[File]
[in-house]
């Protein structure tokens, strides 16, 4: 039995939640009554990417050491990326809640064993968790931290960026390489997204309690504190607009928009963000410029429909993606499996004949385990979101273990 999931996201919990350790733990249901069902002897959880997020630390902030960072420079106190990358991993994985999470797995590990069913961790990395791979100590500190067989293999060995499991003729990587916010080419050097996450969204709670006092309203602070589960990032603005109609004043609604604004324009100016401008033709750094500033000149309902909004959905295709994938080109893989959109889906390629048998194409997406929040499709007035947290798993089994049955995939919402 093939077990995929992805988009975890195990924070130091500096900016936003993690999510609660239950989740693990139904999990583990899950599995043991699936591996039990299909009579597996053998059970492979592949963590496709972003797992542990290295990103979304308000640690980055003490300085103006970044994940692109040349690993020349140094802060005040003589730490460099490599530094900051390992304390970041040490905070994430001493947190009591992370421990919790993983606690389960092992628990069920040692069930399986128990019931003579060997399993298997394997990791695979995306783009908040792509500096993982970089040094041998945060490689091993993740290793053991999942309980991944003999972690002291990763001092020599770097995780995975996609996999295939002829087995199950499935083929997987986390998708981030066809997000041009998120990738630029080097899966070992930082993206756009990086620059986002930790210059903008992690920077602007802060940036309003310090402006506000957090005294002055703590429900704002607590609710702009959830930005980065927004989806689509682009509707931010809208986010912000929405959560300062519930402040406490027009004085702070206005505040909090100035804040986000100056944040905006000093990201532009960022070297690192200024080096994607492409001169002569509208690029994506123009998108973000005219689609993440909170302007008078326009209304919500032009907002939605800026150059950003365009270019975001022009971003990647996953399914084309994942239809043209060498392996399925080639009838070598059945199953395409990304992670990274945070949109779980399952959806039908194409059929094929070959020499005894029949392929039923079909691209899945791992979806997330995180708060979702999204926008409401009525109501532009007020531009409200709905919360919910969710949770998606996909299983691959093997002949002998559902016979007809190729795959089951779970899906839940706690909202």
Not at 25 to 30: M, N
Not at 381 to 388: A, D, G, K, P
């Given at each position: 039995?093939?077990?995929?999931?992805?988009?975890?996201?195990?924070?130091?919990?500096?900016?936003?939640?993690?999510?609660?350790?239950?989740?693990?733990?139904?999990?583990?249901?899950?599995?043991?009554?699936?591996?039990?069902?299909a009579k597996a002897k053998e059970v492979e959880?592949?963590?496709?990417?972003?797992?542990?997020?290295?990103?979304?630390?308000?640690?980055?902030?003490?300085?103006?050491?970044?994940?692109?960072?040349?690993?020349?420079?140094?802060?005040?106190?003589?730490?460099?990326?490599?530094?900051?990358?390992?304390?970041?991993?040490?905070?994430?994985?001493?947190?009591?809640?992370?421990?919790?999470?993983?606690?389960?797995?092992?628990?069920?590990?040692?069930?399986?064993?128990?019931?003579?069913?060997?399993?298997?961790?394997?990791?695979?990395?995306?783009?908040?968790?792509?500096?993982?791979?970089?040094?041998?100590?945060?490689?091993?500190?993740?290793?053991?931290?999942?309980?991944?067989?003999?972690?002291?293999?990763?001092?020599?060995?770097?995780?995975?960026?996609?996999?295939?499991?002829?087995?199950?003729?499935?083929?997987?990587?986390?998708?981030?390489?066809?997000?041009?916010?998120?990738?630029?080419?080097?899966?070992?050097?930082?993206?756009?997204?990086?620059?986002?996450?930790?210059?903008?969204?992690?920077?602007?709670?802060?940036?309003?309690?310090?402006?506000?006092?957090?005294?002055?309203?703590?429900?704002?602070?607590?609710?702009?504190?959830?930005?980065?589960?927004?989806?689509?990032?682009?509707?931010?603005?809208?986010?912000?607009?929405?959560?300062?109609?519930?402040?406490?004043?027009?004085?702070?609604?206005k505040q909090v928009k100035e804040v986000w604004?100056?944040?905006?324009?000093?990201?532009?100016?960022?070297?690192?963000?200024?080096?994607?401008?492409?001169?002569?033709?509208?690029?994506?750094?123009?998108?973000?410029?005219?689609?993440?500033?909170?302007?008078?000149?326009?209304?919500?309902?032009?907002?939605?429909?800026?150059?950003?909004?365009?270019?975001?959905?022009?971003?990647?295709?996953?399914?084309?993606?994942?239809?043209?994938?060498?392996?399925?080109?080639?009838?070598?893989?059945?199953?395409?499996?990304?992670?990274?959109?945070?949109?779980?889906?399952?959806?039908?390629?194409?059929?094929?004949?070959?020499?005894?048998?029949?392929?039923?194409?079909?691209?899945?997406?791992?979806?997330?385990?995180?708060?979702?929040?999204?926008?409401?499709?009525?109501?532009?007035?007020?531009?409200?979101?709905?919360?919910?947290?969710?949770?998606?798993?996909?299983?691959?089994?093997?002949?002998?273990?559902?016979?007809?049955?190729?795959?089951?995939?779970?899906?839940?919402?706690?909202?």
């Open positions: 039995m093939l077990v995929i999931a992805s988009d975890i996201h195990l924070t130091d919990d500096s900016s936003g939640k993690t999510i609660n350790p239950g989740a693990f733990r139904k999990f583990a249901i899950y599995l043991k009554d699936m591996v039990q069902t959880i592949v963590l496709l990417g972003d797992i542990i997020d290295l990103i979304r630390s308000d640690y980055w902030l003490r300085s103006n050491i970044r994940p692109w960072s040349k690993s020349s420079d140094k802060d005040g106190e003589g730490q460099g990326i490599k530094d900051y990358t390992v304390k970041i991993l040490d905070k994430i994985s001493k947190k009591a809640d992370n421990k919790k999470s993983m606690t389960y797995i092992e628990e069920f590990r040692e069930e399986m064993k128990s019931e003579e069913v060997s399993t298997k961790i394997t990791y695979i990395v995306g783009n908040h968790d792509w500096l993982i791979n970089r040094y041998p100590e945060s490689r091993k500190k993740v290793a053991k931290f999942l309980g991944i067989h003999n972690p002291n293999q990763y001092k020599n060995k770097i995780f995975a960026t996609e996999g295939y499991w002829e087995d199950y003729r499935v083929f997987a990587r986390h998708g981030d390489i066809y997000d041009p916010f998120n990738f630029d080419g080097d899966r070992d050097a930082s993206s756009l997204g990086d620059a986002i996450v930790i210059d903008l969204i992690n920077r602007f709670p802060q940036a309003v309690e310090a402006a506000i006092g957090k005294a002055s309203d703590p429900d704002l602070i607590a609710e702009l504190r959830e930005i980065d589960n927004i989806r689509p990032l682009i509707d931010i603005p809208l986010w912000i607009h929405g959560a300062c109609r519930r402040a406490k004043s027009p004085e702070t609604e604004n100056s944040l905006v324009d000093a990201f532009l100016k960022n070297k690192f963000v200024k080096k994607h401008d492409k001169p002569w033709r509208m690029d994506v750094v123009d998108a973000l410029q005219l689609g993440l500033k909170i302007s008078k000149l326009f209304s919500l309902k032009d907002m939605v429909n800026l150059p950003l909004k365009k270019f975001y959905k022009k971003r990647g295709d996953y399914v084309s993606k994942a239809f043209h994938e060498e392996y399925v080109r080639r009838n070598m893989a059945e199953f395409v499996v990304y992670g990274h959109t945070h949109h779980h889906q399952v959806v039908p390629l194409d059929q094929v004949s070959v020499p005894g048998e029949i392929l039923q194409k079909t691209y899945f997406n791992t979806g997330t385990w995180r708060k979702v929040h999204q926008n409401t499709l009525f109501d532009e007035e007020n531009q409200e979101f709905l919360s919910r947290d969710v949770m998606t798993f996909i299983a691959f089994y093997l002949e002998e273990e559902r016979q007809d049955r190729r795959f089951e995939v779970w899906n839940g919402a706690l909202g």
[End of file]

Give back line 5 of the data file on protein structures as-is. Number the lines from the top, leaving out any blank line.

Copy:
């Given at each position: 039995?093939?077990?995929?999931?992805?988009?975890?996201?195990?924070?130091?919990?500096?900016?936003?939640?993690?999510?609660?350790?239950?989740?693990?733990?139904?999990?583990?249901?899950?599995?043991?009554?699936?591996?039990?069902?299909a009579k597996a002897k053998e059970v492979e959880?592949?963590?496709?990417?972003?797992?542990?997020?290295?990103?979304?630390?308000?640690?980055?902030?003490?300085?103006?050491?970044?994940?692109?960072?040349?690993?020349?420079?140094?802060?005040?106190?003589?730490?460099?990326?490599?530094?900051?990358?390992?304390?970041?991993?040490?905070?994430?994985?001493?947190?009591?809640?992370?421990?919790?999470?993983?606690?389960?797995?092992?628990?069920?590990?040692?069930?399986?064993?128990?019931?003579?069913?060997?399993?298997?961790?394997?990791?695979?990395?995306?783009?908040?968790?792509?500096?993982?791979?970089?040094?041998?100590?945060?490689?091993?500190?993740?290793?053991?931290?999942?309980?991944?067989?003999?972690?002291?293999?990763?001092?020599?060995?770097?995780?995975?960026?996609?996999?295939?499991?002829?087995?199950?003729?499935?083929?997987?990587?986390?998708?981030?390489?066809?997000?041009?916010?998120?990738?630029?080419?080097?899966?070992?050097?930082?993206?756009?997204?990086?620059?986002?996450?930790?210059?903008?969204?992690?920077?602007?709670?802060?940036?309003?309690?310090?402006?506000?006092?957090?005294?002055?309203?703590?429900?704002?602070?607590?609710?702009?504190?959830?930005?980065?589960?927004?989806?689509?990032?682009?509707?931010?603005?809208?986010?912000?607009?929405?959560?300062?109609?519930?402040?406490?004043?027009?004085?702070?609604?206005k505040q909090v928009k100035e804040v986000w604004?100056?944040?905006?324009?000093?990201?532009?100016?960022?070297?690192?963000?200024?080096?994607?401008?492409?001169?002569?033709?509208?690029?994506?750094?123009?998108?973000?410029?005219?689609?993440?500033?909170?302007?008078?000149?326009?209304?919500?309902?032009?907002?939605?429909?800026?150059?950003?909004?365009?270019?975001?959905?022009?971003?990647?295709?996953?399914?084309?993606?994942?239809?043209?994938?060498?392996?399925?080109?080639?009838?070598?893989?059945?199953?395409?499996?990304?992670?990274?959109?945070?949109?779980?889906?399952?959806?039908?390629?194409?059929?094929?004949?070959?020499?005894?048998?029949?392929?039923?194409?079909?691209?899945?997406?791992?979806?997330?385990?995180?708060?979702?929040?999204?926008?409401?499709?009525?109501?532009?007035?007020?531009?409200?979101?709905?919360?919910?947290?969710?949770?998606?798993?996909?299983?691959?089994?093997?002949?002998?273990?559902?016979?007809?049955?190729?795959?089951?995939?779970?899906?839940?919402?706690?909202?």